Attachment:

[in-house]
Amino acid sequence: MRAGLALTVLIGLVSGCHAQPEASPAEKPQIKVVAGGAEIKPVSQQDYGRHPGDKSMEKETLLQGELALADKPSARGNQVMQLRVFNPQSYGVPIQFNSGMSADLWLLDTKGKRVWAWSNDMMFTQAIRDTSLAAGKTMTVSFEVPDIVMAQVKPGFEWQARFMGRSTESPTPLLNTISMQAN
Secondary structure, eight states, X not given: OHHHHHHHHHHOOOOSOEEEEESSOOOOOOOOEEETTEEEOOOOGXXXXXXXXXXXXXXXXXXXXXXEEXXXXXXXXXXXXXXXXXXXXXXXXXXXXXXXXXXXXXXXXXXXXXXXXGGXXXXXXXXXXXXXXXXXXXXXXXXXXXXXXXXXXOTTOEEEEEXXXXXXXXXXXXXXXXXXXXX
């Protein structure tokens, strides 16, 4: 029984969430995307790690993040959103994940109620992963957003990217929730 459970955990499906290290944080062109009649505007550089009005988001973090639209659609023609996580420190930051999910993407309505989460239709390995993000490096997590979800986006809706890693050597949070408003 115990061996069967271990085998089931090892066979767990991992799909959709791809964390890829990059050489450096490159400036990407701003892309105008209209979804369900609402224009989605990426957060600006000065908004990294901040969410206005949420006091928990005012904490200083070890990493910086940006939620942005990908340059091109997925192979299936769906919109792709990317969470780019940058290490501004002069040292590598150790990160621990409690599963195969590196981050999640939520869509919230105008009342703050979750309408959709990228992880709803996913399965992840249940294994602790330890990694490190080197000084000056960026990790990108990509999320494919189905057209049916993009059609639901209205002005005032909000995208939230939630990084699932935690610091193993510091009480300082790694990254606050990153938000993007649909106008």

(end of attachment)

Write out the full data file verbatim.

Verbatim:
[in-house]
Amino acid sequence: MRAGLALTVLIGLVSGCHAQPEASPAEKPQIKVVAGGAEIKPVSQQDYGRHPGDKSMEKETLLQGELALADKPSARGNQVMQLRVFNPQSYGVPIQFNSGMSADLWLLDTKGKRVWAWSNDMMFTQAIRDTSLAAGKTMTVSFEVPDIVMAQVKPGFEWQARFMGRSTESPTPLLNTISMQAN
Secondary structure, eight states, X not given: OHHHHHHHHHHOOOOSOEEEEESSOOOOOOOOEEETTEEEOOOOGXXXXXXXXXXXXXXXXXXXXXXEEXXXXXXXXXXXXXXXXXXXXXXXXXXXXXXXXXXXXXXXXXXXXXXXXGGXXXXXXXXXXXXXXXXXXXXXXXXXXXXXXXXXXOTTOEEEEEXXXXXXXXXXXXXXXXXXXXX
């Protein structure tokens, strides 16, 4: 029984969430995307790690993040959103994940109620992963957003990217929730 459970955990499906290290944080062109009649505007550089009005988001973090639209659609023609996580420190930051999910993407309505989460239709390995993000490096997590979800986006809706890693050597949070408003 115990061996069967271990085998089931090892066979767990991992799909959709791809964390890829990059050489450096490159400036990407701003892309105008209209979804369900609402224009989605990426957060600006000065908004990294901040969410206005949420006091928990005012904490200083070890990493910086940006939620942005990908340059091109997925192979299936769906919109792709990317969470780019940058290490501004002069040292590598150790990160621990409690599963195969590196981050999640939520869509919230105008009342703050979750309408959709990228992880709803996913399965992840249940294994602790330890990694490190080197000084000056960026990790990108990509999320494919189905057209049916993009059609639901209205002005005032909000995208939230939630990084699932935690610091193993510091009480300082790694990254606050990153938000993007649909106008």